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posted: 4/10/2018 5:33 AM

Fox River & Countryside to consider short-term funding solutions

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  • Fox River & Countryside fire Chief John Nixon shows members of the public Monday before a board meeting the impact of a proposal to brown out one of the fire/rescue district's two stations. The plan is one of several short-term options being considered to address a funding shortage in the district.

      Fox River & Countryside fire Chief John Nixon shows members of the public Monday before a board meeting the impact of a proposal to brown out one of the fire/rescue district's two stations. The plan is one of several short-term options being considered to address a funding shortage in the district.
    Lauren Rohr | Staff Photographer

 
 

Fox River & Countryside officials are mulling over temporary fixes for filling the fire/rescue district's depleting coffers after its most recent attempt to bring in more cash failed. But Chief John Nixon told the fire board Monday there's only one sustainable solution for addressing the funding shortage: a property tax hike.

Voters last month narrowly rejected the district's request to increase its property tax rate to 43 cents from 27 cents per $100 of equalized assessed value. The measure would have generated about $1.48 million annually to fund what Nixon says are critical equipment replacements and repairs, as well as increased personnel.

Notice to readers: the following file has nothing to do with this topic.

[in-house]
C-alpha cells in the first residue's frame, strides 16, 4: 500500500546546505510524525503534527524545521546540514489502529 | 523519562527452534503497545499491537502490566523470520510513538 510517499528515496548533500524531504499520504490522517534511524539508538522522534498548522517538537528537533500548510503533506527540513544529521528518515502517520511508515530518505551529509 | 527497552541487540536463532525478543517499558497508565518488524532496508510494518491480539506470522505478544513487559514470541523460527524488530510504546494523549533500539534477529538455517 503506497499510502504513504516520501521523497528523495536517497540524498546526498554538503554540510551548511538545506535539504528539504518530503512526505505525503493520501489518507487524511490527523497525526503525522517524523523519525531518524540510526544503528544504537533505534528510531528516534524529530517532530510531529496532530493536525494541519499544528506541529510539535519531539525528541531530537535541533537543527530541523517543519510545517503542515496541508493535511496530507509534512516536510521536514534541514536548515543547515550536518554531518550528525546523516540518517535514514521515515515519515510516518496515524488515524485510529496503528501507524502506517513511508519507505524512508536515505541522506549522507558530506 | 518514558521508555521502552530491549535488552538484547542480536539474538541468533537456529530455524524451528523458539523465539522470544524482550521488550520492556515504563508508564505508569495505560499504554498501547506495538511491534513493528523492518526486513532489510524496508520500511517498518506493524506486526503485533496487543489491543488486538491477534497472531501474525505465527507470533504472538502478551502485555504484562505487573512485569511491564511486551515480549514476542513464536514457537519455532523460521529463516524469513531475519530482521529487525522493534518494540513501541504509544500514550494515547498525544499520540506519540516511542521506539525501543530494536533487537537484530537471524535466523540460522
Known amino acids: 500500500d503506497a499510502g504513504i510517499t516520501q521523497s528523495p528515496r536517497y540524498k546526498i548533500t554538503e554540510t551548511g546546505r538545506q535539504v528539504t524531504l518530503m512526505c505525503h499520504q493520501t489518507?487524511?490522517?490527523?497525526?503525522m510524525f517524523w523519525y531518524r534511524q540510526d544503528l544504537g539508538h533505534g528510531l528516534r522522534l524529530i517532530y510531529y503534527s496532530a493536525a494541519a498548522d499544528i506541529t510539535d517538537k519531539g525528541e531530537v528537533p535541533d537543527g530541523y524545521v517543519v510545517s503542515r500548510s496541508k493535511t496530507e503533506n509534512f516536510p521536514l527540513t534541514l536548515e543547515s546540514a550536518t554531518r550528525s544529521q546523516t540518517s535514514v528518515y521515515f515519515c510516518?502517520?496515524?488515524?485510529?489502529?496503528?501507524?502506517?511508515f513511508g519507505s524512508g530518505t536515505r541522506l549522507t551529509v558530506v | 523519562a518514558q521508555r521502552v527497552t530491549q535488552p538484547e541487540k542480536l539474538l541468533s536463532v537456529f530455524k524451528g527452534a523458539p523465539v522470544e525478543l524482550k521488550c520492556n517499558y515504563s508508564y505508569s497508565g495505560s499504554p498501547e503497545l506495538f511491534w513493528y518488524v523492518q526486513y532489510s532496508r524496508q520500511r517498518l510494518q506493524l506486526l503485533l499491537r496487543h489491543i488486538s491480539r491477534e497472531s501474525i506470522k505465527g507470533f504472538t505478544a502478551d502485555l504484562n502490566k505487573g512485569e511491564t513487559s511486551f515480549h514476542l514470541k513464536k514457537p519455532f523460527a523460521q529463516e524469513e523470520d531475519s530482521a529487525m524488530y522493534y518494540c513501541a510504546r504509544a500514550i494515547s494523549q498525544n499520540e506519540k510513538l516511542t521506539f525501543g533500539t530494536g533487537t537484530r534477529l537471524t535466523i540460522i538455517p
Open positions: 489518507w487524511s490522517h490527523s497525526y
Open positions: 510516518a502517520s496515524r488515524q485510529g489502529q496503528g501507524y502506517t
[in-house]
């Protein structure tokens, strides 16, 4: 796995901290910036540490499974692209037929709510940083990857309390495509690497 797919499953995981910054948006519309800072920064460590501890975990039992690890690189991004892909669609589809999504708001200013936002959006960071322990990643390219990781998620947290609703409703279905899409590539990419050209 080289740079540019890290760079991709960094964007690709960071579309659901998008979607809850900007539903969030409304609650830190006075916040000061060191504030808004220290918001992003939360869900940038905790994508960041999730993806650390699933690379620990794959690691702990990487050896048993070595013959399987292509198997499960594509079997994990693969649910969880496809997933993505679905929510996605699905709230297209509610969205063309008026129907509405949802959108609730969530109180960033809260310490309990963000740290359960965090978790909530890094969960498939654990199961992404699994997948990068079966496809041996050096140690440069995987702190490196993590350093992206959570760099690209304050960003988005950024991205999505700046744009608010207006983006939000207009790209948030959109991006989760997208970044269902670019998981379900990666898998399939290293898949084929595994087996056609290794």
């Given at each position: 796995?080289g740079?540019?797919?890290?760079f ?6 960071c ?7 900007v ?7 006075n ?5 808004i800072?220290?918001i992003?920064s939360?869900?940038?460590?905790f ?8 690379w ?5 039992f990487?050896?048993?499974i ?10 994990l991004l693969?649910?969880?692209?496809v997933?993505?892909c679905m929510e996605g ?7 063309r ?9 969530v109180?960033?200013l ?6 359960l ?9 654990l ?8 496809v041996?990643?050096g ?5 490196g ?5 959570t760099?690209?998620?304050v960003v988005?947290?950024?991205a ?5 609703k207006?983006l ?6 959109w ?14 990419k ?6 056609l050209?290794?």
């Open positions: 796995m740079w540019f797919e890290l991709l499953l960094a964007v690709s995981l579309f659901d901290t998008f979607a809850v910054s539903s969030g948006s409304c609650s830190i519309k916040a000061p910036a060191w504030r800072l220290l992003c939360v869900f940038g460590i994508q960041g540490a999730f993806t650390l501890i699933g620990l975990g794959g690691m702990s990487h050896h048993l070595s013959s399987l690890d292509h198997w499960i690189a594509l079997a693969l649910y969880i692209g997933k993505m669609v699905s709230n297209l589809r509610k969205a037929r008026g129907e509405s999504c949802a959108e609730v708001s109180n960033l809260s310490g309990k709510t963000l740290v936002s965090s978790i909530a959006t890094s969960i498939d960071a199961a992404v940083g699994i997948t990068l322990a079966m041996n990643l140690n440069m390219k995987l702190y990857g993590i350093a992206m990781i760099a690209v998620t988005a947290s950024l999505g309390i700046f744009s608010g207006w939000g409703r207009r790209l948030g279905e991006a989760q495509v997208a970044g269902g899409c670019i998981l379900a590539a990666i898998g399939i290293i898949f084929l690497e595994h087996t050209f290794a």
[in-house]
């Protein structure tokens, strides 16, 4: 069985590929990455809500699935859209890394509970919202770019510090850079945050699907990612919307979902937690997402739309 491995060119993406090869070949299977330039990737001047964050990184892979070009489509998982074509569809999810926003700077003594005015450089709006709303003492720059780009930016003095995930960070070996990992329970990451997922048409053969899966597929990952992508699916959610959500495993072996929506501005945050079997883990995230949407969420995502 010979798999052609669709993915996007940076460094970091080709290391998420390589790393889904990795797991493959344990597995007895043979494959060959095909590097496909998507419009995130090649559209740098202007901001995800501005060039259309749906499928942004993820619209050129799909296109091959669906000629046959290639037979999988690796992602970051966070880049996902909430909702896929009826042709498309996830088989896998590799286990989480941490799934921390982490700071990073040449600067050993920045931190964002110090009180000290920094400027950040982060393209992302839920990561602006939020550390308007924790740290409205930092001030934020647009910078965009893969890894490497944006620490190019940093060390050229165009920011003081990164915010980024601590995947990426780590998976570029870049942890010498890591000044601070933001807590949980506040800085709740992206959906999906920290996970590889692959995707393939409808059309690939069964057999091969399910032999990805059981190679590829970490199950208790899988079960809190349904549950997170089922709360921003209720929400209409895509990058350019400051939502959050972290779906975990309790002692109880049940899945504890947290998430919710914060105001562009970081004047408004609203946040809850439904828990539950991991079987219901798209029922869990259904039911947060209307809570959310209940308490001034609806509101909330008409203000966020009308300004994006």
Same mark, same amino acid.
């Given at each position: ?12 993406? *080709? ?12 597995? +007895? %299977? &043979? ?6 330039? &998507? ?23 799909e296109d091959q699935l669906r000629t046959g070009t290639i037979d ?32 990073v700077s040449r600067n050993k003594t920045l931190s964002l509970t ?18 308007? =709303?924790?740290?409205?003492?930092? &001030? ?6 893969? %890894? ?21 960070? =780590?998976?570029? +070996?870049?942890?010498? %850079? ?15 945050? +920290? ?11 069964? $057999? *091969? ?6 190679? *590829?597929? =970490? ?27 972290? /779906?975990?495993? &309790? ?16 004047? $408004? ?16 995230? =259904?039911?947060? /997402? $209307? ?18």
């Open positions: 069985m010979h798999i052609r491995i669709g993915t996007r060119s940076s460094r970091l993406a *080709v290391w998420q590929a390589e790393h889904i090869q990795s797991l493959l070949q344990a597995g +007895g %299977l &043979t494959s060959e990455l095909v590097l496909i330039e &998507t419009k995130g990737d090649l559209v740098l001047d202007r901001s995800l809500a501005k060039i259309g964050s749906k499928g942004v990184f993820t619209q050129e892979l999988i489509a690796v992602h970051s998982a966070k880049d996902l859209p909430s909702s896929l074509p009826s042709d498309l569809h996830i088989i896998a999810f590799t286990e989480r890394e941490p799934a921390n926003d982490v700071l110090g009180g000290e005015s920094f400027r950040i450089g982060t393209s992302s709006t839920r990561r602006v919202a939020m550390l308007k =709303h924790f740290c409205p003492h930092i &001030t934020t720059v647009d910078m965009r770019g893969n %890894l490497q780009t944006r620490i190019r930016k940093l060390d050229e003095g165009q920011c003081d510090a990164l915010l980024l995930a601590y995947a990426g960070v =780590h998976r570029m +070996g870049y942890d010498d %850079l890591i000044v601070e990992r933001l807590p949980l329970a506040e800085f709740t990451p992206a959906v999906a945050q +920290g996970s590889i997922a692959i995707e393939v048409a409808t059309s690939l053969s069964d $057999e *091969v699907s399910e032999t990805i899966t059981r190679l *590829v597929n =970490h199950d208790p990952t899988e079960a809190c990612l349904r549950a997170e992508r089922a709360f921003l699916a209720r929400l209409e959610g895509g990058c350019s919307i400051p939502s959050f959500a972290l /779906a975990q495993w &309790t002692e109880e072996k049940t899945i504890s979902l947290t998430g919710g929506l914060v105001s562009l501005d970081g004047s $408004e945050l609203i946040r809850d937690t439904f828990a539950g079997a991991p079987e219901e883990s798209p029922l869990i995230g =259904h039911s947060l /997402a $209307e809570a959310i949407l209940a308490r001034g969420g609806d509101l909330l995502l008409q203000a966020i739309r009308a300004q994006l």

Without that money, officials have warned that the district likely would have to cut nine part-time firefighter positions -- three per shift -- and rotate closing one of its two fire stations each month. But during a special meeting Monday, Nixon urged the fire board to keep both stations open and find other ways to tighten its belt until the November election, when he expects the district to try again for a tax hike.

"You can't get wrapped up in the short term. You have to think about a sustainable future for this fire department," Nixon said. "Putting a Band-Aid on it by cutting people doesn't fix it."

Browning out one station on a rotating basis would significantly increase emergency response times for half the district at any given time, he said. It can take up to 16 minutes for first responders to get from one station to the other side of the 38-square-mile district.

That's not a risk Trustee Tom Mollenhauer is willing to take.

"The importance is providing service to the public and doing whatever we can to keep two stations open," he said. "The need is there. ... We've got to scrape the bottom of the barrel (and) do whatever we can to do it."

Nixon said he'd bring back suggestions for cutting costs or implementing one-time revenues, such as selling equipment, to temporarily address the funding shortfall.

Mollenhauer said the district also could consider selling land that has been slated for a new fire station, though board President Bob Handley said he'd prefer to keep that property as a long-term option.

The fire board is expected to discuss and possibly make a decision on potential short-term solutions next Monday.

Meanwhile, a group of residents already has begun planning an education campaign to support the district if another referendum question is placed on the November ballot. Out of four attempts in recent years, the district's most recent request for a property tax hike failed by the slimmest margin: 32 votes.

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